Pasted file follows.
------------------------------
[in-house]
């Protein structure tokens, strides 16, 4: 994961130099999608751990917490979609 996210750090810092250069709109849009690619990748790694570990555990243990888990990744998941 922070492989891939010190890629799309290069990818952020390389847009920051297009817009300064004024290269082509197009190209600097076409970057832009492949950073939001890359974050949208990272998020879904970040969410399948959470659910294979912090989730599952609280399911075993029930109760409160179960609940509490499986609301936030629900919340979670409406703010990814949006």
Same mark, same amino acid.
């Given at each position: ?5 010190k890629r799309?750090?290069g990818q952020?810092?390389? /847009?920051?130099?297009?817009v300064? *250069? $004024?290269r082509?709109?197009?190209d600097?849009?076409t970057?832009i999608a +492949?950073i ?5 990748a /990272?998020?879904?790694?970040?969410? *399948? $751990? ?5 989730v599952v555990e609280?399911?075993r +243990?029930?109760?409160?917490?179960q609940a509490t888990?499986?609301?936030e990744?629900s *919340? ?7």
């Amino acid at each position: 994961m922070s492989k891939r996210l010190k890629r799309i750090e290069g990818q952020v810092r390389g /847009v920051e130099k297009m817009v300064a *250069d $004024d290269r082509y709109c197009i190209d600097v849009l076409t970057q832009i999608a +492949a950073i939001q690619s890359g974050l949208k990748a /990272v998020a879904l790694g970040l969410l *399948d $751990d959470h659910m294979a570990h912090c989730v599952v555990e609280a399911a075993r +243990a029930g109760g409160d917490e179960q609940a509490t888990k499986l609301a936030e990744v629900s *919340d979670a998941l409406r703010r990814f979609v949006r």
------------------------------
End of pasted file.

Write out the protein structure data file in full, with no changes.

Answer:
[in-house]
């Protein structure tokens, strides 16, 4: 994961130099999608751990917490979609 996210750090810092250069709109849009690619990748790694570990555990243990888990990744998941 922070492989891939010190890629799309290069990818952020390389847009920051297009817009300064004024290269082509197009190209600097076409970057832009492949950073939001890359974050949208990272998020879904970040969410399948959470659910294979912090989730599952609280399911075993029930109760409160179960609940509490499986609301936030629900919340979670409406703010990814949006």
Same mark, same amino acid.
């Given at each position: ?5 010190k890629r799309?750090?290069g990818q952020?810092?390389? /847009?920051?130099?297009?817009v300064? *250069? $004024?290269r082509?709109?197009?190209d600097?849009?076409t970057?832009i999608a +492949?950073i ?5 990748a /990272?998020?879904?790694?970040?969410? *399948? $751990? ?5 989730v599952v555990e609280?399911?075993r +243990?029930?109760?409160?917490?179960q609940a509490t888990?499986?609301?936030e990744?629900s *919340? ?7």
């Amino acid at each position: 994961m922070s492989k891939r996210l010190k890629r799309i750090e290069g990818q952020v810092r390389g /847009v920051e130099k297009m817009v300064a *250069d $004024d290269r082509y709109c197009i190209d600097v849009l076409t970057q832009i999608a +492949a950073i939001q690619s890359g974050l949208k990748a /990272v998020a879904l790694g970040l969410l *399948d $751990d959470h659910m294979a570990h912090c989730v599952v555990e609280a399911a075993r +243990a029930g109760g409160d917490e179960q609940a509490t888990k499986l609301a936030e990744v629900s *919340d979670a998941l409406r703010r990814f979609v949006r």